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The New York Times - Fed Governor's Plan to Limit Bank Size Fuels Debate

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By Peter Eavis

Excerpt: "Now, a powerful insider has suggested a simple tool that could place a tight limit on the size of individual banks. Daniel K. Tarullo, a Federal Reserve governor who oversees bank regulation, said in a speech last week that an important part of a bank's balance sheet could be capped at a set percentage of the nation's gross domestic product…

"I am completely open to the proposal because of my similar concern about the growing size of institutions that are too big to fail," said Senator David Vitter, a Republican of Louisiana. "Beyond this specific proposal, there is a growing nonpartisan consensus to do a lot more to limit the size of the megabanks."

New York Times
Fed Governor's Plan to Limit Bank Size Fuels Debate
By Peter Eavis
Monday, October 15, 2012

Since the financial crisis, academics, politicians and even former bank chieftains have called for the nation's banking behemoths to be broken up or shrunk -- calls that appear to have fallen largely on deaf ears among Washington's policy makers.

Now, a powerful insider has suggested a simple tool that could place a tight limit on the size of individual banks. Daniel K. Tarullo, a Federal Reserve governor who oversees bank regulation, said in a speech last week that an important part of a bank's balance sheet could be capped at a set percentage of the nation's gross domestic product.

That a regulator at the Fed -- the most powerful of the banking industry's overseers -- would say that such a structural overhaul of the financial system might be considered, was a sign that the policy debate over what to do about "too big to fail" might be shifting.

Mr. Tarullo's "statements mark a significant -- perhaps even dramatic -- shift in thinking at the central bank," Simon Johnson wrote in a recent column for Bloomberg News. Mr. Johnson, a professor at the Massachusetts Institute of Technology, has been a leading voice in the movement to limit the size of large banks.

It's not just that the Fed governor's words provided comfort to supporters of breaking up the banks. They also come at a moment in the debate over the Dodd-Frank Act, when both Republicans and Democrats might be able find common ground.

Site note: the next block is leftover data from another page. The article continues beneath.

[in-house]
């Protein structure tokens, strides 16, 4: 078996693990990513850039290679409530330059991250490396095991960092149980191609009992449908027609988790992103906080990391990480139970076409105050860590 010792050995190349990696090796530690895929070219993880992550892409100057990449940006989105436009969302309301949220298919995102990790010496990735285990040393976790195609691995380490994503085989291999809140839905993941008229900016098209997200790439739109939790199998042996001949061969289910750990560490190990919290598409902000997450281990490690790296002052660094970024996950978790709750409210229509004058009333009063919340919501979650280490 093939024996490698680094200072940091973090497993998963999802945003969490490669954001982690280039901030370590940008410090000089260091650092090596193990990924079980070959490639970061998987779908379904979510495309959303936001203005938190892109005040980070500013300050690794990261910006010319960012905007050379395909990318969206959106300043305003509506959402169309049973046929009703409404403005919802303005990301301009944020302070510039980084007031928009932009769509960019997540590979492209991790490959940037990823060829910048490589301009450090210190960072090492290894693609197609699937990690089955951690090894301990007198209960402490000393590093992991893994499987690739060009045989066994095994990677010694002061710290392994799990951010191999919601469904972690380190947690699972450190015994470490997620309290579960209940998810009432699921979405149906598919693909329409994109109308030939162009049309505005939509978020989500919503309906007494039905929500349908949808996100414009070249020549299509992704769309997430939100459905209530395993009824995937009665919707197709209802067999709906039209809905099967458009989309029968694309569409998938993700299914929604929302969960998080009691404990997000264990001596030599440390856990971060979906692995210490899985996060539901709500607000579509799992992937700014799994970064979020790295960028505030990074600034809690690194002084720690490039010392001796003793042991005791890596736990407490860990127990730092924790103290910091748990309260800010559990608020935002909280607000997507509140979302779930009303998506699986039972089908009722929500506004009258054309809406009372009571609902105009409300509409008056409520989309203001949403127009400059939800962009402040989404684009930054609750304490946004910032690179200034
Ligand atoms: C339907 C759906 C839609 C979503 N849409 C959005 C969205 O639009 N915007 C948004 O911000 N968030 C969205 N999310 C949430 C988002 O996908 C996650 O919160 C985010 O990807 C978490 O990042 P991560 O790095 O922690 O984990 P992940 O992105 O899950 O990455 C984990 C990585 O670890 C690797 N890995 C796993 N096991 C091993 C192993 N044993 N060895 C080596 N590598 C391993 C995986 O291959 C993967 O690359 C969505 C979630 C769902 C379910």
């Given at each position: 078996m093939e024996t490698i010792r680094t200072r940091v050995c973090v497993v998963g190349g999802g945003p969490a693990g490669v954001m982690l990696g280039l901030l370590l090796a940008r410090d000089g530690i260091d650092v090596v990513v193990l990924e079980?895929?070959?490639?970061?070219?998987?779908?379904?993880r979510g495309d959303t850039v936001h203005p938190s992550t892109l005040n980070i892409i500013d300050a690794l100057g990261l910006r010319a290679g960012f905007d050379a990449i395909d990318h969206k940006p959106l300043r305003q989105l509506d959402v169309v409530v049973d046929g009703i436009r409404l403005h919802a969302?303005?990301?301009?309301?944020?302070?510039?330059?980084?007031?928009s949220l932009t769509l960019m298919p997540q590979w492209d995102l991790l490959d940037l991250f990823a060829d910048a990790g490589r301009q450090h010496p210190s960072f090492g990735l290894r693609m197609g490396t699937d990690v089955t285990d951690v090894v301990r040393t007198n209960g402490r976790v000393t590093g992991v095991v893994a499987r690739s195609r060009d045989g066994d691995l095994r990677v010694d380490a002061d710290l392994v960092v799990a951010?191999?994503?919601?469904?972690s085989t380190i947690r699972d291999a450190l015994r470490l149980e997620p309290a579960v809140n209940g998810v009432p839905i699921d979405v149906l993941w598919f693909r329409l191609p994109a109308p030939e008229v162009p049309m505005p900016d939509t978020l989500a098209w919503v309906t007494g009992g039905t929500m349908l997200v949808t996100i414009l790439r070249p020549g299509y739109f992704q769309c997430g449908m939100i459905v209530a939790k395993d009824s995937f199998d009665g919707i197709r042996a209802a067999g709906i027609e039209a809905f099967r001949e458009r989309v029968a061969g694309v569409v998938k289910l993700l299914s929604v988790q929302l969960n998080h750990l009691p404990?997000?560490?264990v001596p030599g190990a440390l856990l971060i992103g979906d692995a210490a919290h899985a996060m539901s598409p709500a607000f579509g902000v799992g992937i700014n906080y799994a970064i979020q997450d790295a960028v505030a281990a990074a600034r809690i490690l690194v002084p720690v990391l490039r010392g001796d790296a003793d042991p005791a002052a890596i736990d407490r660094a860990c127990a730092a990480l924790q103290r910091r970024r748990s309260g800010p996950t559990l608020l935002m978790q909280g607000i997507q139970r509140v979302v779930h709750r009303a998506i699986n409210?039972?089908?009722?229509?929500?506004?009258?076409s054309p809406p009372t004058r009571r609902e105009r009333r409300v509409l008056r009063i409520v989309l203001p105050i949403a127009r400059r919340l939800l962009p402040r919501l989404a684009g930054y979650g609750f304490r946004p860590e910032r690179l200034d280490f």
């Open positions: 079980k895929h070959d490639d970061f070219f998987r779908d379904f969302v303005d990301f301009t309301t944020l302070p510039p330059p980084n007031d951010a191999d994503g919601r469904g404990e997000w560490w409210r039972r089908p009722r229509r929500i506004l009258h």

Mitt Romney and other Republicans have criticized Dodd-Frank, contending that it is overly complex and protects "too big to fail" institutions. Some Republicans looking to repeal Dodd-Frank say they still want to constrain large banks. Their concern is that the law may lead the market to believe that the government protects large banks. In turn, investors might then provide cheap loans to the biggest banks, fueling even more growth in the banks' balance sheets. As a result, some Republicans may warm to the simple cap on bank size outlined in Mr. Tarullo's speech.

"I am completely open to the proposal because of my similar concern about the growing size of institutions that are too big to fail," said Senator David Vitter, a Republican of Louisiana. "Beyond this specific proposal, there is a growing nonpartisan consensus to do a lot more to limit the size of the megabanks."

Any shift at the Federal Reserve would be notable. The central bank, mindful of the stability of the financial system, has avoided giving strong backing to measures that could have a direct impact on bank size.

Mr. Tarullo did not give an unequivocal, personal backing to a cap on size of banks. But he said that if size were to become a big issue, Congress should take it up, so the effects of a cap could be debated. Mr. Tarullo then detailed a type of cap that he said seemed to have "the most promise."

His proposed limit would focus on something called "nondeposit liabilities." These are the borrowings that banks do to finance themselves, excluding deposits.

For example, at the end of June, JPMorgan Chase had $1.24 trillion of nondeposit liabilities, a figure that excludes deposits in the United States, but includes international deposits.

That $1.24 trillion is equivalent to 8 percent of G.D.P. Any legislation would have to decide whether to set a percentage that would immediately force a bank like JPMorgan to shrink. If it were set at 5 percent, JPMorgan would have to shed the excess borrowings, which in turn would lead it to cut its overall size.

Senator Sherrod Brown, Democrat of Ohio, introduced legislation earlier this year that proposed the cap be set at 2 percent of G.D.P., which would force several of the largest banks, including Citigroup, Bank of America and Goldman Sachs, to shrink aggressively. (That bill has not advanced.)

Alternatively, the cap could be set at a percentage of G.D.P. that allows banks to stay at close to their current size. In that case, it would just constrain future growth.

Dodd-Frank has a provision that sets out to limit the relative size of banks. It stipulates that banks cannot have liabilities that exceed 10 percent of the total financial system's liabilities. But this may not cap bank growth if the whole system is ballooning, as happened in the last decade. From 1999 to 2007, the Goldman Sachs balance sheet grew by 346 percent. But it would have increased by only 48 percent if its growth had been strictly tied to G.D.P. growth in that period.


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